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Technical Paper

Understanding the Automotive Pedal Usage and Foot Movement Characteristics of Older Drivers

This study was driven by the prevalence of older drivers’ overrepresentation in crashes caused by pedal application errors. Previous research has shown tasks prone to pedal errors, which include emergency braking, parking lot maneuvers and reaching out of the driver’s window. However, pedal usage characteristics of older drivers while performing on-road driving tasks are unknown. The objective of this research was to understand pedal usage characteristics of older drivers during on-road driving tasks in an instrumented vehicle. Twenty-six drivers over the age of 60 completed 10 stopping tasks as the baseline for stopping performance, a startle-braking task, two forward parking tasks and two reaching out of the vehicle tasks. Results for this instrumented vehicle study showed significantly positive correlations between stature and the percent of foot pivoting, and between shoe length and percent of foot pivoting in the baseline stopping tasks.
Technical Paper

Effects of Tire and Vehicle Design Characteristics on Rollover of Tractor Semi-Trailers

Understanding the effects of tire and vehicle properties on the rollover propensity of tractor semi-trailer trucks is essential. The major objective of the project described by this paper was to develop a simplified computational tool that can be used to understand and predict the effects of various tire characteristics and truck design parameters on rollover under steady cornering and non-tripped conditions. In particular, this tool may be used to help understand the basic mechanisms governing rollover propensity of trucks equipped with New Generation Wide Single tires as contrasted with conventional tires. Effects of tire flexibility, roll-compliant suspensions, fifth - wheel lash and nonlinear suspension characteristics are included in the model and are presented below. Design parameter data used as input to the model were obtained from Michelin Americas Research and Development Corporation.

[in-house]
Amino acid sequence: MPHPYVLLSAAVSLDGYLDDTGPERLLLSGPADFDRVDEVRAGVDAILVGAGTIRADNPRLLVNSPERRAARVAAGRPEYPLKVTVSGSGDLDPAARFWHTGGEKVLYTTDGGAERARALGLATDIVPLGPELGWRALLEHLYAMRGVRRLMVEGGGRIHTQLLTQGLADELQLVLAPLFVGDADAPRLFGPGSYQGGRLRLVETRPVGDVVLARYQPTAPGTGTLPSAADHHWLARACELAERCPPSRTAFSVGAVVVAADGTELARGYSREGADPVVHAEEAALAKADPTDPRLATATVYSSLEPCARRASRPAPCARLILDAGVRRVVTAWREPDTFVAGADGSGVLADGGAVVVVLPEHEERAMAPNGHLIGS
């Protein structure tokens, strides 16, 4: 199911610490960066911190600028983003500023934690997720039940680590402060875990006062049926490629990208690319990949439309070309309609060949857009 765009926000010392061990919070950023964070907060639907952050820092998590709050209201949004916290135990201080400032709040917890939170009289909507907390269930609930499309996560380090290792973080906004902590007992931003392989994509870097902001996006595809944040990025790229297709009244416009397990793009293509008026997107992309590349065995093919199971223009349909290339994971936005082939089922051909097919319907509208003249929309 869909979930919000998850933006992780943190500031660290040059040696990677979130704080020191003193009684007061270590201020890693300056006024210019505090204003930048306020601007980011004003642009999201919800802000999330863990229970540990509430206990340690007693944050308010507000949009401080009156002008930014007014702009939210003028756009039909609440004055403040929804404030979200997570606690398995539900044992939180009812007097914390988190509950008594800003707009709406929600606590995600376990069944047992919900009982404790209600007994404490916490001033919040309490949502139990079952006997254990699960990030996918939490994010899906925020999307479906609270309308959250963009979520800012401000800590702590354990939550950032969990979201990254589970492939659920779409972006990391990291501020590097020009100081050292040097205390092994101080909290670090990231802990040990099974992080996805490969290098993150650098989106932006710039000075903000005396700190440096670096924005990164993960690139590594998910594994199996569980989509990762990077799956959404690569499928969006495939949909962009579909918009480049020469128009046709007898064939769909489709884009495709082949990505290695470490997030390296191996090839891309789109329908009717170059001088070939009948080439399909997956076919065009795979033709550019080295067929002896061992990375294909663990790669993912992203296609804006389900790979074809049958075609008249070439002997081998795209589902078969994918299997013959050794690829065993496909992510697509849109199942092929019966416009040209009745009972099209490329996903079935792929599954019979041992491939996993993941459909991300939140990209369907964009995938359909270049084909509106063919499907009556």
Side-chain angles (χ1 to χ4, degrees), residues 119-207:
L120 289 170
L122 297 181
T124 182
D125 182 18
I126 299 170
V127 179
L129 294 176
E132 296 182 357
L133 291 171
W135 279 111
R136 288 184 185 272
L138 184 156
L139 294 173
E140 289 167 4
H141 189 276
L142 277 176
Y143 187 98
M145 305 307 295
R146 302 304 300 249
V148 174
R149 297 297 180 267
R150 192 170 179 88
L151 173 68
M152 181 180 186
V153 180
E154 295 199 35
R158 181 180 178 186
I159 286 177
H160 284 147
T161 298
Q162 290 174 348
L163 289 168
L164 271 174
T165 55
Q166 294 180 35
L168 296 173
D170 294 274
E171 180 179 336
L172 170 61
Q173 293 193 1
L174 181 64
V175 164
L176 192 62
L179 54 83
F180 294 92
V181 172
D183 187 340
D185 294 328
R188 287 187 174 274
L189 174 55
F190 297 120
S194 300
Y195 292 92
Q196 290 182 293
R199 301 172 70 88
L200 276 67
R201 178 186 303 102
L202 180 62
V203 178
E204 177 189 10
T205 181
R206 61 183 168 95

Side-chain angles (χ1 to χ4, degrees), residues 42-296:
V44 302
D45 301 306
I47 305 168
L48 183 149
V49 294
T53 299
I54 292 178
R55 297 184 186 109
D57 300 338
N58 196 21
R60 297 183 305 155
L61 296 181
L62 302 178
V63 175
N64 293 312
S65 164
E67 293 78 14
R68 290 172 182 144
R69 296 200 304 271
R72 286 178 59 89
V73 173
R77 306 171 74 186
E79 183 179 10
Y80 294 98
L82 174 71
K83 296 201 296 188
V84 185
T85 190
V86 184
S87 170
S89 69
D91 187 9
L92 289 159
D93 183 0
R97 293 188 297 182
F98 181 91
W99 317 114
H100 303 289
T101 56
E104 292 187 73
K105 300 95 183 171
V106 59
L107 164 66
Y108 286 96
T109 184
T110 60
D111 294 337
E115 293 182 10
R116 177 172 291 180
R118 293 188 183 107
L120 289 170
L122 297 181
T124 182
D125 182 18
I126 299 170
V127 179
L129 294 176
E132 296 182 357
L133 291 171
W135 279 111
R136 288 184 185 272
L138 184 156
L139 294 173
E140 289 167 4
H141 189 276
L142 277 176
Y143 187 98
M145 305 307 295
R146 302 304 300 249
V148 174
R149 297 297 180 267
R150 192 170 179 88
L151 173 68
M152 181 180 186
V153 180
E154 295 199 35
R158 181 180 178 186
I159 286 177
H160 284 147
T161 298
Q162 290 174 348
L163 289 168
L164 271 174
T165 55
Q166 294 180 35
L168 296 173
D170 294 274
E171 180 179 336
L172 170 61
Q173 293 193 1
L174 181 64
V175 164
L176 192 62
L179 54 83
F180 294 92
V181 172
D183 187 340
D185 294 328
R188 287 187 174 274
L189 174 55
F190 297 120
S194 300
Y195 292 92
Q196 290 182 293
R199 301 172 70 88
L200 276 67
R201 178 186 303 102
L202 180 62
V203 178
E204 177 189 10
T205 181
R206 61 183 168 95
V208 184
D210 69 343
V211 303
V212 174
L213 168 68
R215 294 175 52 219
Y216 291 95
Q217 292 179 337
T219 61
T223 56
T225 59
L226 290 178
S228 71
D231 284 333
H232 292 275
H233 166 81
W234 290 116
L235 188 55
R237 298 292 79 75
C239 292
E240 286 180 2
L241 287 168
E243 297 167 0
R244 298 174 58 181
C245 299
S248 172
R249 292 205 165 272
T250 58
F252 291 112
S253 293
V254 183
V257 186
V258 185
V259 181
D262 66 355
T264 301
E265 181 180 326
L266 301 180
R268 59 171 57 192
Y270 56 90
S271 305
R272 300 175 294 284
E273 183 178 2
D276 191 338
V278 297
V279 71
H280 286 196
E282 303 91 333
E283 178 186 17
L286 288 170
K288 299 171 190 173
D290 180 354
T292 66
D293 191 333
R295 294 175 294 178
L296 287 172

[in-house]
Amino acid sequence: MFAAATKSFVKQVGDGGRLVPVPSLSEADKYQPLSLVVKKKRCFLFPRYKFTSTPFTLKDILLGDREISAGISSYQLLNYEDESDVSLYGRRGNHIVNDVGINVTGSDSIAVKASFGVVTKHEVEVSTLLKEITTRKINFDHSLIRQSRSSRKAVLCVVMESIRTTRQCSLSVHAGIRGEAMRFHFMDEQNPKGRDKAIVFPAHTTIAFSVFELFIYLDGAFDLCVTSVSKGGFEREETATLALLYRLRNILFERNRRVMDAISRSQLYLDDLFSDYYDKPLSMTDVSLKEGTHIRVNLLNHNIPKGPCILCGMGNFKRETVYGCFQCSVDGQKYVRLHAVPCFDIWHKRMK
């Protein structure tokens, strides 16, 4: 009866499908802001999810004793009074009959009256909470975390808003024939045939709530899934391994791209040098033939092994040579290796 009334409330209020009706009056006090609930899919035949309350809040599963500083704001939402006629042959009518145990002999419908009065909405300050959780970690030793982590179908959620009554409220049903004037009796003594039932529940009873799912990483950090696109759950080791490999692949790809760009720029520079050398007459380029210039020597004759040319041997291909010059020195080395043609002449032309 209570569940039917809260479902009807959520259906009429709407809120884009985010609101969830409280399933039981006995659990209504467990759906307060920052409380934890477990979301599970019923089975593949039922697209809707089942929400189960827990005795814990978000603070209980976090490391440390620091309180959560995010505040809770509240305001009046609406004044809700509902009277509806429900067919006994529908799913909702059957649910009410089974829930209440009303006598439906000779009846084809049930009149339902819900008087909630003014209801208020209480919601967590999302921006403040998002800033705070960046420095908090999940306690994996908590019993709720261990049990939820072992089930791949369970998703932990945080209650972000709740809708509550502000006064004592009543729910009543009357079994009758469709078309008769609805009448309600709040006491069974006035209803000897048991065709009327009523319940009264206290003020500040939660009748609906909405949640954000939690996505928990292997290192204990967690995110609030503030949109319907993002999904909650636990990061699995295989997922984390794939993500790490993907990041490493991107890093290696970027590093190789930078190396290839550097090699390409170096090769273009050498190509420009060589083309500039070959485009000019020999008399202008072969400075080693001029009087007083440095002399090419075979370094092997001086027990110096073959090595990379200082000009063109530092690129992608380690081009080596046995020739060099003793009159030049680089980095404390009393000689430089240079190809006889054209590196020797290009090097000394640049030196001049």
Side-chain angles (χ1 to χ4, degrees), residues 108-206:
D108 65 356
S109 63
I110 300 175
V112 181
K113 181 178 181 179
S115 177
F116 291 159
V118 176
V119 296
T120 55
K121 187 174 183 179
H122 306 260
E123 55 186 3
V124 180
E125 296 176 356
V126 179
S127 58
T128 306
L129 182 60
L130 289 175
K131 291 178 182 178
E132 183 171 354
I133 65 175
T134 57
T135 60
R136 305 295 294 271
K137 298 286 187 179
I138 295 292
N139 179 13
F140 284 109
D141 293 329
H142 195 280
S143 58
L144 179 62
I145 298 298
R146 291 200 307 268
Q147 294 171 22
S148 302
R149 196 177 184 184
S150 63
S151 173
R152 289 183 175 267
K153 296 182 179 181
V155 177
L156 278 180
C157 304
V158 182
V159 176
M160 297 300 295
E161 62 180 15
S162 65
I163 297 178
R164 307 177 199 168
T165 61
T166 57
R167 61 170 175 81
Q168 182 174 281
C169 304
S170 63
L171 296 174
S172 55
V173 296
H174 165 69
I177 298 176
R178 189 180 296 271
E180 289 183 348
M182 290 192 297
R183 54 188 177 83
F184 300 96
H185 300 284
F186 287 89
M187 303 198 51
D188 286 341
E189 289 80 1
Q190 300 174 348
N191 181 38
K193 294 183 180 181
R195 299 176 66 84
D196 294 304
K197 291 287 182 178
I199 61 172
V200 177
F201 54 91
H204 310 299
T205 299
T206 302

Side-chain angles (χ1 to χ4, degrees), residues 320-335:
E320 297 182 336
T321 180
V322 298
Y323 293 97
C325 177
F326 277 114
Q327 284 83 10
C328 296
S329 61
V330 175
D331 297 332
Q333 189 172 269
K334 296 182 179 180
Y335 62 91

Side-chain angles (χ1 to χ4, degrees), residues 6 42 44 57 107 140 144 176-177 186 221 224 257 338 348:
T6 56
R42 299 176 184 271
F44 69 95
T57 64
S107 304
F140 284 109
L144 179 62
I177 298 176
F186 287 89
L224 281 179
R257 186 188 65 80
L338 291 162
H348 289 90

Technical Paper

Assessment of a Safe Driving Program for Novice Operators

A safe driver program has been established through a public-private partnership. This program targets novice drivers and uses a combination of classroom and in-vehicle training exercises to address critical driver errors known to lead to crashes. Students participate in four modules: braking to learn proper stopping technique, obstacle avoidance / reaction time to facilitate proper lane selection and collision avoidance, tailgating to learn about following distances, and loss of control to react appropriately when a vehicle is about to become laterally unstable. Knowledge pre and posttests are also administered at the start and end of the program. Students' in-vehicle driving performance are evaluated by instructors as well as recorded by onboard data acquisition units. The data has been evaluated with objective and subjective grading rubrics. The 70 participants in three classes used as a case study achieved an average skill score of 83.93/100.
Journal Article

Vehicle Road Runoff and Return - Effect of Limited Steering Intervention

Vehicle safety remains a significant concern for consumers, government agencies, and automotive manufacturers. One critical type of vehicle accident results from the right or left side tires leaving the road surface and then returning abruptly due to large steering wheel inputs (road runoff and return). A subset of runoff road crashes that involve a steep hard shoulder has been labeled shoulder induced accidents. In this paper, a limited authority real time steering controller has been developed to mitigate shoulder induced accidents. A Kalman Filter based tire cornering stiffness estimation technique has been coupled with a feedback controller and driver intention module to create a safer driving solution without excessive intervention. In numerical studies, lateral vehicle motion improvements of 30% were realized for steering intervention. Specifically, the vehicle crossed the centerline after 1.0 second in the baseline case versus 1.3 seconds with steering assistance at 60 kph.